the hci process


research overview

We conducted both domain knowledge and onsite field research in parallel, with each component informing the direction of the other.

36 journals reviewed
13 tools analyzed

domain knowledge

We familiarized ourselves with the current landscape of collaboration through literature review and comparative tool analysis. We leveraged this background research when gathering participant data, synthesizing research findings, and finally developing suggestions for potential solutions.

36 journals reviewed
13 outside tools analyzed

literature review

For our literature review, we reviewed academic papers about knowledge sharing, expert finding, tool configuration, and virtual teams. The goal of was to inform our design choices by developing an understanding of what researchers already know about the topics related to our scope.

Our literature review shows that open work environments can affect work productivity.
It is common to be interrupted during a work day. People tend to work in short bursts.

collaborative tool
landscape analysis

We identified eight major goals in collaborative work and examined the current best-in-class tools for accomplishing each goal. We used our landscape analysis to evaluate how well these tools achieve these goals, what common challenges remain, and what opportunities exist in this space.

27 employee participants

field research

Our field research consisted of various interview and observation techniques with individual employees from a diversity of roles and experiences. We also led a group design session with six employees, during which they participated in several interactive activities.

27 employee participants

guided storytelling

Guided storytelling is a type of semi-structured interview method we employed to gather data based on participants’ recounting of specific stories and experiences. In keeping with our research goals, we focused our questions on collaborative themes and asked participants to tell us stories about working with other people, accomplishing tasks, and challenges they faced.

This is an example of participatory design using business origami.

contextual inquiry

Contextual inquiry is a form of observation that takes place in the context of the participant’s daily workflow. We observed participants work as they normally would and interrupted on occasion to ask clarification questions. These contextual inquiries highlighted collaborative processes employees used, many of which may never have surfaced in a more structured interview.

business origami

Business Origami is a method we employed to physically model a complex system and how people and things flow between areas as a result of various actions. Participants and researchers both gained insight into how a system is structured by seeing it represented in this new visual way.

Asking participants to express their emotions is not only cathartic, but also allow us to understand what is important to them.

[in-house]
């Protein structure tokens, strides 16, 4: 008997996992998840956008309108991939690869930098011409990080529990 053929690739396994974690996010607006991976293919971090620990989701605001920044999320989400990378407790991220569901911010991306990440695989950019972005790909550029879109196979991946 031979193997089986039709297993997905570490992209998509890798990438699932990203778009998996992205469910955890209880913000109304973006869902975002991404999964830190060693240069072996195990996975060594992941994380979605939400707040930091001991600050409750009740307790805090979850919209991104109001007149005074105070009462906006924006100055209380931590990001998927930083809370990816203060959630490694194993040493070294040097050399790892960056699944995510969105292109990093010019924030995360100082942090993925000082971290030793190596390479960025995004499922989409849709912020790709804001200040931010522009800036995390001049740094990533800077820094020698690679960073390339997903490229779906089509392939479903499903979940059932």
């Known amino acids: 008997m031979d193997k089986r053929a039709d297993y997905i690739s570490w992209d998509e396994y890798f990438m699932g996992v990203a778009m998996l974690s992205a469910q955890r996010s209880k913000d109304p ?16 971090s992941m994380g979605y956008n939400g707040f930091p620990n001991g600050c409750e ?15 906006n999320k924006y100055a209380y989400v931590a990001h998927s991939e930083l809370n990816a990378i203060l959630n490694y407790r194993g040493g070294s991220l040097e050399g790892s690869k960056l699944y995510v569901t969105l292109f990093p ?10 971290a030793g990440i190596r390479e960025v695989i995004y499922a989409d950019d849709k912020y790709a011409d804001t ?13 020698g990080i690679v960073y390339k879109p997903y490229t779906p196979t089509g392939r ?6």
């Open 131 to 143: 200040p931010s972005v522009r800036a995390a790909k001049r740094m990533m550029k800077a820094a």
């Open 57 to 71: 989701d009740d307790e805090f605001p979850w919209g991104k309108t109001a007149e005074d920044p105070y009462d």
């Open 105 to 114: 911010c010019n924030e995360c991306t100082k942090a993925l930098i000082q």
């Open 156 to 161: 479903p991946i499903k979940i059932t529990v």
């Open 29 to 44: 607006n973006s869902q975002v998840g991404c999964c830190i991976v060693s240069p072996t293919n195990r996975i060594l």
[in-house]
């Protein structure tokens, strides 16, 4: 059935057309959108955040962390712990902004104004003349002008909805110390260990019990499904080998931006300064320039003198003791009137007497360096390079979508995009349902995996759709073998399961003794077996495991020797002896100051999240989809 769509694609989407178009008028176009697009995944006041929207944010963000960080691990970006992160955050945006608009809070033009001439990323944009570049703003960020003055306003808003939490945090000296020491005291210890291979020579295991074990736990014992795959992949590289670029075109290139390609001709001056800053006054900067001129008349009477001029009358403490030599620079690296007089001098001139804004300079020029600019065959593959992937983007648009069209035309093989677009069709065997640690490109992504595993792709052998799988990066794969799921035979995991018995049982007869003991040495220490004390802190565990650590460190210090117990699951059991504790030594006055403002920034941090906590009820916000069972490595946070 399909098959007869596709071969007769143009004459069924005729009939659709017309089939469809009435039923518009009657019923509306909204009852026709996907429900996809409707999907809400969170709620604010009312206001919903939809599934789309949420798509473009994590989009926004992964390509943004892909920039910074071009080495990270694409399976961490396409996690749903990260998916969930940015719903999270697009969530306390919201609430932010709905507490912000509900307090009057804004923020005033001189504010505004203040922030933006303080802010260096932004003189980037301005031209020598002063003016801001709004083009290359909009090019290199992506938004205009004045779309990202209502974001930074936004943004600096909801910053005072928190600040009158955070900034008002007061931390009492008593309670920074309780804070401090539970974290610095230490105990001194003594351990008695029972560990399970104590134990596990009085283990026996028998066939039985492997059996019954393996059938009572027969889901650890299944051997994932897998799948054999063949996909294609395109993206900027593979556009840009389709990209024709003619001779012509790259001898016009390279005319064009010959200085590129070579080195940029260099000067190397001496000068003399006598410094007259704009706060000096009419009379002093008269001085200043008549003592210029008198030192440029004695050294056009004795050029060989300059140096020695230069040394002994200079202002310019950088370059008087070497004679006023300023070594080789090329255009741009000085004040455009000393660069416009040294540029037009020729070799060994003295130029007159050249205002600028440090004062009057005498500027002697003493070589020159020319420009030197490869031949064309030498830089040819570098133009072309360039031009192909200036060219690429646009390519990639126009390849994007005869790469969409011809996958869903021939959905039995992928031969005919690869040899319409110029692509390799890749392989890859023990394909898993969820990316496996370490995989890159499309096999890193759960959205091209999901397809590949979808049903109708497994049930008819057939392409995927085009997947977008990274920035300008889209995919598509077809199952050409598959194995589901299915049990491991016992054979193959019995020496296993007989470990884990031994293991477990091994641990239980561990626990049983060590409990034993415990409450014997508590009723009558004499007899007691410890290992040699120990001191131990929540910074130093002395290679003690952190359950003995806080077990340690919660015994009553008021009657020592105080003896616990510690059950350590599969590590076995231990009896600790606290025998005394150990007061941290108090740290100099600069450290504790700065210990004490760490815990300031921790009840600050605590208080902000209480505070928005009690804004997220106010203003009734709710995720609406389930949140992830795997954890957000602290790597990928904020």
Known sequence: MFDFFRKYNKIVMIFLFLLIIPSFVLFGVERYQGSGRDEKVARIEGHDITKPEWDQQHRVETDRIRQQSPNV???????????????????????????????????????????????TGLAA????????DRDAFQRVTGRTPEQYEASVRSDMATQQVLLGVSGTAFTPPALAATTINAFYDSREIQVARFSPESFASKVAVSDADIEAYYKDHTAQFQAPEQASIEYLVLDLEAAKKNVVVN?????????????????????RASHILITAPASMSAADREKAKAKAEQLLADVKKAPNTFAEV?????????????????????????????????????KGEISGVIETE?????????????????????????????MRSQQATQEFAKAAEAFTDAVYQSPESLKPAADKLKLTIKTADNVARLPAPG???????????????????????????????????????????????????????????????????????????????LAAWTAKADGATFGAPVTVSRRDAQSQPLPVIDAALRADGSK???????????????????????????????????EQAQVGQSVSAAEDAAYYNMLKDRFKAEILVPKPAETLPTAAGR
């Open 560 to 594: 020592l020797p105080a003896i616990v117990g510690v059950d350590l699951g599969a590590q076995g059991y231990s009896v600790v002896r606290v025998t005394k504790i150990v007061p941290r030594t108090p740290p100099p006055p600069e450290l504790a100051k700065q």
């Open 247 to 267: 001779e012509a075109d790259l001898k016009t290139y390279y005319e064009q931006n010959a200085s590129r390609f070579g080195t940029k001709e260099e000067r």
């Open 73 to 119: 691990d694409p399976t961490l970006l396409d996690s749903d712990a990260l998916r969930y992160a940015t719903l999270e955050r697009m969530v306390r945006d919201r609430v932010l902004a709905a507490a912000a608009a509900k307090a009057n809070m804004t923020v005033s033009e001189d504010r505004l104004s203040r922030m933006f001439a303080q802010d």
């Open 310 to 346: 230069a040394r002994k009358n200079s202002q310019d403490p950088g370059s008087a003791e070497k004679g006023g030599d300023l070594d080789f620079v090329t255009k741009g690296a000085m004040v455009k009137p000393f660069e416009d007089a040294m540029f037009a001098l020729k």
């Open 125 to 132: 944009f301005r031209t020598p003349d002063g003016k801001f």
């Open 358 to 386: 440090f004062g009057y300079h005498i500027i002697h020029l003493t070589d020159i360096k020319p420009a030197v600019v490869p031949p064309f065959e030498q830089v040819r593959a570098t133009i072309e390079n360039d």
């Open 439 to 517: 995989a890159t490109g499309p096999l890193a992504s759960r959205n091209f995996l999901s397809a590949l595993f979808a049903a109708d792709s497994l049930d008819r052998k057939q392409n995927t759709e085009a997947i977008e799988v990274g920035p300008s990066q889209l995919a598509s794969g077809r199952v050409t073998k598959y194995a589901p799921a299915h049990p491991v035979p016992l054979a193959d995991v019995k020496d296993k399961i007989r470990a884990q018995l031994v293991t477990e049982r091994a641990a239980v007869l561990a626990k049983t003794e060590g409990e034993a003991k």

i like / i wish

The I Like, I Wish method is a way to quickly generate a large amount of data on how a group of people feels towards a certain product or design. We asked participants to write down on Post-It notes as many statements as they could that began with “I like...” or “I wish....” The group then worked together with our team to facilitate a conversation about the trends that emerged.

love / breakup letter

Our team asked participants to write a love letter or a breakup letter to a particular product, describing their feelings towards it. We used this method to move away from concrete facts of how people interacted with their products, and tried to uncover the human side of using a product.

relationship mapping

We asked participants to map out their office relationships in order to identify the networks that exist between teams and employees at Bloomberg. On a sheet of paper, they drew themselves in the middle, and then connected themselves to various other groups within their workplace.



After completing our on-site field research, we synthesized and analyzed our data through a variety of methods. From this consolidation, we came up with overall findings and identified a number of design opportunities.

Jiaye thinks about the emerging patterns from the affinity notes.


From our contextual inquiry data, we modeled overall interactions as well as isolated instances of collaborative activity in flow and sequence models. Flow models visually presented a high-level picture of how Bloomberg employees interacted with other people, their tools, and their environments. Sequence models listed actions step-by-step as they occurred from the perspective of the participant. These models allowed us to actually see where and how breakdowns occurred for the participants we observed.

affinity diagramming

Affinity diagramming is an organizational method we used to group captured data notes into a hierarchy of key points. We parsed over 750 of these notes from our various research activities and arranged them into similar categories that capture actions, thoughts, or feelings from the perspective of our study participants.


Based on our findings and insights, we generated over 100 different visions, or high-level conceptual design solutions. We narrowed down these visions through a process of iterative creative brainstorming and evaluation. Finally, we illustrated our top seven ideas into a series of scenarios in order to explore different functionality, features, and potential use cases.

Lowell and Anna discuss the major findings that emerged from modelling and affinity diagramming.